While new electric cars like the Chevy Volt and Nissan Leaf are making waves in the automotive industry, concepts of vehicles running off of alternative energy are older than many people may realize. The world’s first solar-powered automobile debuted at the General Motors Powerama auto show in Chicago, Illinois back in 1955.
William G. Cobb of General Motors Corp. demonstrated his 15-inch-long “Sunmobile” and introduced the field of photovoltaics (the process by which sunlight is converted into electricity when exposed to certain surfaces) into the gasoline-fueled automotive industry.
Built into the rudimentary Sunmobile were 12 photoelectric cells made of selenium. When sunlight hit the cells, an electric current was produced that powered a tiny motor, which was connected to a driveshaft connected to the vehicle’s rear axle by a pulley.
Although more than a half-century later the world has yet to see a mass-produced solar-powered car, that doesn’t mean that nobody’s trying. Solar-car competitions are held around the world, in which design teams pit their solar-powered cars against one another in road races.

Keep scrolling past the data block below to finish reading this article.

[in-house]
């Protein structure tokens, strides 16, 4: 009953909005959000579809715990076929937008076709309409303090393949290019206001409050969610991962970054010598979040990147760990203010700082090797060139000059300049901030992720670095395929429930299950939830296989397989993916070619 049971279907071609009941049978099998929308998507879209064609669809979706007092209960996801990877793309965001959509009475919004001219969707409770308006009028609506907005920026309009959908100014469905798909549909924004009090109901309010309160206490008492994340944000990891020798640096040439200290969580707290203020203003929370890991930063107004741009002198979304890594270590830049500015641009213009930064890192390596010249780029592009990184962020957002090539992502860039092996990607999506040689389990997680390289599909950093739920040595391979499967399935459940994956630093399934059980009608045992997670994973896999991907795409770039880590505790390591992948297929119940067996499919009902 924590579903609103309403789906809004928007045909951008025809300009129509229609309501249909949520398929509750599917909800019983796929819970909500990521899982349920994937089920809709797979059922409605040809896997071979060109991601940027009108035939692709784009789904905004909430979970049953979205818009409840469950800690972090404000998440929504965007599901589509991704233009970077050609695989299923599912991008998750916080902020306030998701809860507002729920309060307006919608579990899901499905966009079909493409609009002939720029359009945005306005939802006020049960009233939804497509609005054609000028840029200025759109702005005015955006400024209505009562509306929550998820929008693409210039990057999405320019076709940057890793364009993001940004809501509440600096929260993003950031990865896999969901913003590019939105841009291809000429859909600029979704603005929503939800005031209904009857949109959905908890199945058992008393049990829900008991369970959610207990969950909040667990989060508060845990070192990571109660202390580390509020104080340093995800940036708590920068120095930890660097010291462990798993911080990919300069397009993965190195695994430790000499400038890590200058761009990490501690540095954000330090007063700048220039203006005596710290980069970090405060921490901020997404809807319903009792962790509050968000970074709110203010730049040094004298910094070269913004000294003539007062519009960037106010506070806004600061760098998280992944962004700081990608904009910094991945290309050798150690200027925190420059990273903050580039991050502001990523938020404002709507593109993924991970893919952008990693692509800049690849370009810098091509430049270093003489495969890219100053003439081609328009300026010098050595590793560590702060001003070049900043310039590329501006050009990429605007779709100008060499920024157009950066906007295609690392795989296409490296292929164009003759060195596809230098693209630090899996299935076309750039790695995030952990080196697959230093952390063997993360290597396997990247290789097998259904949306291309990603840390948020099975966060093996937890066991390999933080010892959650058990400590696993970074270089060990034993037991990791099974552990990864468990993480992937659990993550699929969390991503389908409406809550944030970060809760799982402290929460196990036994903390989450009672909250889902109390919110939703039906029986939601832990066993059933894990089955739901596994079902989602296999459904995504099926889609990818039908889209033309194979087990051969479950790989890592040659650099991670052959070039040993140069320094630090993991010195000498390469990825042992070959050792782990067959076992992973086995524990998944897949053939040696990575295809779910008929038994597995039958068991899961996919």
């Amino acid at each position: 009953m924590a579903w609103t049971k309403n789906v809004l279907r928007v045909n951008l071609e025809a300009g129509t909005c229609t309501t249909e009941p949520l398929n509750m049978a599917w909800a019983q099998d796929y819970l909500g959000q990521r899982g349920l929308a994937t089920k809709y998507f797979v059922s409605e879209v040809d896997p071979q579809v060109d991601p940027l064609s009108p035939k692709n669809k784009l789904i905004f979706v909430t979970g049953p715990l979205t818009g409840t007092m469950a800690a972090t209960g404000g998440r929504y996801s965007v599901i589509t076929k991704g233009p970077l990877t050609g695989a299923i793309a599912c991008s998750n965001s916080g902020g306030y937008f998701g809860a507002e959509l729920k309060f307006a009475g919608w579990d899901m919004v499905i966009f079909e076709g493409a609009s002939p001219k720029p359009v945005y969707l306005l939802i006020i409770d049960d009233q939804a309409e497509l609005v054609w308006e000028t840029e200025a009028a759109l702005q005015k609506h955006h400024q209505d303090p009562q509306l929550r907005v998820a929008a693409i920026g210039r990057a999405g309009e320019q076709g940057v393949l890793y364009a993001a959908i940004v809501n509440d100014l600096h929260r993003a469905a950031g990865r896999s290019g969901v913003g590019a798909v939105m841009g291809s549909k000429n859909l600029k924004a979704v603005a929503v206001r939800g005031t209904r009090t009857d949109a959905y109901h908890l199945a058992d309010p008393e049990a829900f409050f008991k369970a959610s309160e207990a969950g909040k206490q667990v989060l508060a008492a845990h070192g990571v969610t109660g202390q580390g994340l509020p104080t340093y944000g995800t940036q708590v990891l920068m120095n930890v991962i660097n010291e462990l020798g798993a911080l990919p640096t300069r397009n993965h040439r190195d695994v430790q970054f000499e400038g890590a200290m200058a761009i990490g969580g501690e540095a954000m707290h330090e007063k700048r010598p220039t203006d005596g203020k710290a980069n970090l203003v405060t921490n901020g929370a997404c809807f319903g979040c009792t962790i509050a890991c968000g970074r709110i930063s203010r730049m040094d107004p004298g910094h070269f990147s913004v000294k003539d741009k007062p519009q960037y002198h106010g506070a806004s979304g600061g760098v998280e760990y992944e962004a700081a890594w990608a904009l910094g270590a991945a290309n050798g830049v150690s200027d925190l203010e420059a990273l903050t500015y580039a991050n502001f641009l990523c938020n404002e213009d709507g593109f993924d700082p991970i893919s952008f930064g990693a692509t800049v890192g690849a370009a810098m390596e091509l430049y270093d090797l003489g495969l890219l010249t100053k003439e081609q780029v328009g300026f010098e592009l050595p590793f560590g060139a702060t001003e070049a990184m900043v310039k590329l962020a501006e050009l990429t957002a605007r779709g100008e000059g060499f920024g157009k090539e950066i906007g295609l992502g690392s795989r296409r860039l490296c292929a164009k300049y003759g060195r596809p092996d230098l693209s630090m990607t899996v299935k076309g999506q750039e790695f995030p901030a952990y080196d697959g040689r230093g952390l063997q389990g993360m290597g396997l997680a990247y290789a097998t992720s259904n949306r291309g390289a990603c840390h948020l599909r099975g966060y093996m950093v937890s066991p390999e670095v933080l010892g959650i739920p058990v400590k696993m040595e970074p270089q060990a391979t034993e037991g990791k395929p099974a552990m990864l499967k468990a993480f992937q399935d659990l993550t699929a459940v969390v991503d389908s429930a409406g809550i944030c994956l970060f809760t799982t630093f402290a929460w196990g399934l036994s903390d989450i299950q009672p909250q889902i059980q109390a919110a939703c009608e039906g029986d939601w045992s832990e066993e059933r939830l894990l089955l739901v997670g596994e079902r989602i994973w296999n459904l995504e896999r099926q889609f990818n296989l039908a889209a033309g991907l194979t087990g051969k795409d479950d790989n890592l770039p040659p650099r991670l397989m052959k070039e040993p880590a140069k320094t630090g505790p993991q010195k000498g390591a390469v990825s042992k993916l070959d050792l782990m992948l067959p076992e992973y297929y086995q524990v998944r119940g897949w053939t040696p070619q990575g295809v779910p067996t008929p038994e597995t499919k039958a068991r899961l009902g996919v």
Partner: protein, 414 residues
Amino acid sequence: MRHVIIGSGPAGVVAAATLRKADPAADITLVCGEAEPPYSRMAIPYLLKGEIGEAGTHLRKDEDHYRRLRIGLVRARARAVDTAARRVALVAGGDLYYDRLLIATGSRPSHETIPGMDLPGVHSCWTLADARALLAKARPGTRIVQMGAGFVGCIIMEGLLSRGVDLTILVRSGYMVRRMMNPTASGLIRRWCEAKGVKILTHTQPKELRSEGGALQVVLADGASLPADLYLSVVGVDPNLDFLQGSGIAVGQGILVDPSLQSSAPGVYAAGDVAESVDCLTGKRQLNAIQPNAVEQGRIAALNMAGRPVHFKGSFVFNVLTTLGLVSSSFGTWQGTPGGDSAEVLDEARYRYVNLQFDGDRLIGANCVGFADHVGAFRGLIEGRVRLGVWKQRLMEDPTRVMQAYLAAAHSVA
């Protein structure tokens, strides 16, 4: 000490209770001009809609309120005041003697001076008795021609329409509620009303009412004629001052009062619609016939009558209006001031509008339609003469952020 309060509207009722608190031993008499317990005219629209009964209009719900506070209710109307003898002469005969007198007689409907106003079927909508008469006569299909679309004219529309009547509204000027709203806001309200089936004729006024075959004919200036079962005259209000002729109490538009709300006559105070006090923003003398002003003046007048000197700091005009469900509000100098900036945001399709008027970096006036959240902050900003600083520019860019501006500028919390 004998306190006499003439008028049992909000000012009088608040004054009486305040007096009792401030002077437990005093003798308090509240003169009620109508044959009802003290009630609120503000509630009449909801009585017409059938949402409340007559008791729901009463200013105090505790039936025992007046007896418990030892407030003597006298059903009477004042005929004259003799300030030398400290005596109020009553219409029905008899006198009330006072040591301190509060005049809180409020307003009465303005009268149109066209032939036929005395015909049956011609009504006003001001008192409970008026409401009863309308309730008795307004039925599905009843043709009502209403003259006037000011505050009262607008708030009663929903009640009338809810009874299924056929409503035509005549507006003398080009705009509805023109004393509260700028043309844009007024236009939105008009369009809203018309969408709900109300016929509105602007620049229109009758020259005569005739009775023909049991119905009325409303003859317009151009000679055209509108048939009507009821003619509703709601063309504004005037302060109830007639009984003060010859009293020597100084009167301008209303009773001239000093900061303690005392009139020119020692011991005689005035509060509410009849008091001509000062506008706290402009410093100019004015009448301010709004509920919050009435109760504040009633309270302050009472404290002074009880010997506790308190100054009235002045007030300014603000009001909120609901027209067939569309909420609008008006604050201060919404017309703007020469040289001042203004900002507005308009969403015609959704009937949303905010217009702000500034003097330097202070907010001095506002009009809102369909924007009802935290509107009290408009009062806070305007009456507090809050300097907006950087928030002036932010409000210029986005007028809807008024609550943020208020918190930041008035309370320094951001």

And in Japan, Toyota Motor Corp. is working on a long-term solar-powered car project. According to the Nikkei, Toyota’s solar car, which won’t be available for years, will get some of its power from solar cells on the vehicle and will be recharged with electricity generated from solar panels that will be installed on the roofs of car owners’ homes.
The company has also said that it will install solar panels on the roof of the next generation of its electric-gasoline hybrid Prius cars that will supply electricity to help power the car’s air conditioning system.
The History Channel, “William Cobb Demonstrates First Solar-Powered Car.”